USM regents violated open meetings law, board rules

The state university system's Board of Regents violated Maryland's open meetings law when it met in closed session to discuss the University of Maryland's move to the Big Ten Conference, according to a ruling released Tuesday by a state review panel.

The regents failed to give required public notice and failed to follow proper procedure in closing their Nov. 18 and Nov. 19 meetings, according to the written opinion issued by the three-member Open Meetings Compliance Board. The opinion also says that "at least some part of the Board's discussion should almost certainly have been conducted in open session" and deems inadequate the written summaries of the meetings posted on the university system's website.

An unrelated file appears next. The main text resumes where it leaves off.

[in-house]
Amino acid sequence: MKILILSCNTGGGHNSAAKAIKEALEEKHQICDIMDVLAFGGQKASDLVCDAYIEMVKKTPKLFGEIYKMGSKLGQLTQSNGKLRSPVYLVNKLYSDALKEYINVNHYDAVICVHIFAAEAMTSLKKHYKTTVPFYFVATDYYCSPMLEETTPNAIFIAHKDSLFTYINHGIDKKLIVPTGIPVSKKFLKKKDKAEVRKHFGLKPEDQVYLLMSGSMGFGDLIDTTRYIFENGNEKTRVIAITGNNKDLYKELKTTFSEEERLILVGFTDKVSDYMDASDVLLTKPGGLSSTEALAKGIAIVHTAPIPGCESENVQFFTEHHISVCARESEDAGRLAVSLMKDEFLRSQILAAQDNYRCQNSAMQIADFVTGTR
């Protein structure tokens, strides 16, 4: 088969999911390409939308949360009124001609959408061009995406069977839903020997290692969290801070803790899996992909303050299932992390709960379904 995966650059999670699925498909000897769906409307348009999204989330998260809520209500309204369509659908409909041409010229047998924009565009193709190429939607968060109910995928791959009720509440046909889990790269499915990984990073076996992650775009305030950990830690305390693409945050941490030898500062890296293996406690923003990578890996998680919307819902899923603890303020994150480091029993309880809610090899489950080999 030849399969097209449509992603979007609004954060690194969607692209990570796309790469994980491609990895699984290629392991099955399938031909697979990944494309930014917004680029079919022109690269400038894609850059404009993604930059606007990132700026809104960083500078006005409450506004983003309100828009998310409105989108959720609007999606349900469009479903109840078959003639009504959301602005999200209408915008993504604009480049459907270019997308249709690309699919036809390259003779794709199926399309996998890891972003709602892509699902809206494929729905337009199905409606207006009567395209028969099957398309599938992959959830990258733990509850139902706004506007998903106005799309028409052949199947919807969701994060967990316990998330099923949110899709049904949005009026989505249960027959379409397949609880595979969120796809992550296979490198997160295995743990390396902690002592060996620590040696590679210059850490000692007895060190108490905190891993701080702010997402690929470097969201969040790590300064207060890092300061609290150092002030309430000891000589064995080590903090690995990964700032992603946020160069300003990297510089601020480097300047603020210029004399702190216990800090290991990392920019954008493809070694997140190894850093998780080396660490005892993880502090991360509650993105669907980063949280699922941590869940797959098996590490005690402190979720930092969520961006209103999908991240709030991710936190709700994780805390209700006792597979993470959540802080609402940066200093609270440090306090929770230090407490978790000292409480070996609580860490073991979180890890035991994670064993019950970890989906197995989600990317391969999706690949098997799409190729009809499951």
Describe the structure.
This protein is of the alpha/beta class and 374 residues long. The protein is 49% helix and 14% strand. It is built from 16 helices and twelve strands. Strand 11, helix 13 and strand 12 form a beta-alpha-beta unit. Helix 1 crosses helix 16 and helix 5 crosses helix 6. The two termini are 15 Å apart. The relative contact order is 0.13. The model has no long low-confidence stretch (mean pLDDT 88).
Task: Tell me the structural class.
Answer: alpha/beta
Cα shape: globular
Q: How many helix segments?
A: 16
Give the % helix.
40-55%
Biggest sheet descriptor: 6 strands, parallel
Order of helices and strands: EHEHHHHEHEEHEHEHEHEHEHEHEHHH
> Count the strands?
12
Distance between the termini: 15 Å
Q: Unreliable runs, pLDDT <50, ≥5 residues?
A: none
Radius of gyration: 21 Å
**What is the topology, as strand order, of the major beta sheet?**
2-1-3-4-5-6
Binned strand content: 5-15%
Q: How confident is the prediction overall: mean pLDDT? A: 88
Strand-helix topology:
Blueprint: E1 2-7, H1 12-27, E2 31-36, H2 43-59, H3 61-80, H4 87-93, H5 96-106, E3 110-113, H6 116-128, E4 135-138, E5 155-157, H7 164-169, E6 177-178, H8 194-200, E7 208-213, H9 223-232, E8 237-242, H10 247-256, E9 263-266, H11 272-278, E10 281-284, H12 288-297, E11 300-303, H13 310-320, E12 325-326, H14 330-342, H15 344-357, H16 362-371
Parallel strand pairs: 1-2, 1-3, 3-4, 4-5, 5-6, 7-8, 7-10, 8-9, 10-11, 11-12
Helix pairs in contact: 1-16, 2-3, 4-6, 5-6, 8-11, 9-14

Chancellor William E. Kirwan had said in December that the regents failed to follow the law in closing the meetings and said system leaders felt "chastened and regretful for not doing our duties."

The panel's opinion will not affect Maryland's plans to move to the Big Ten in 2014, which were never dependent on approval by the regents. It also carries no penalty, though the regents could face fines of up to $100 each if sued for their actions.

Kirwan has said the regents were merely "confused" as they hastily arranged the meetings. But the review panel rejected the university system's characterization of the violations as "at worst technical."

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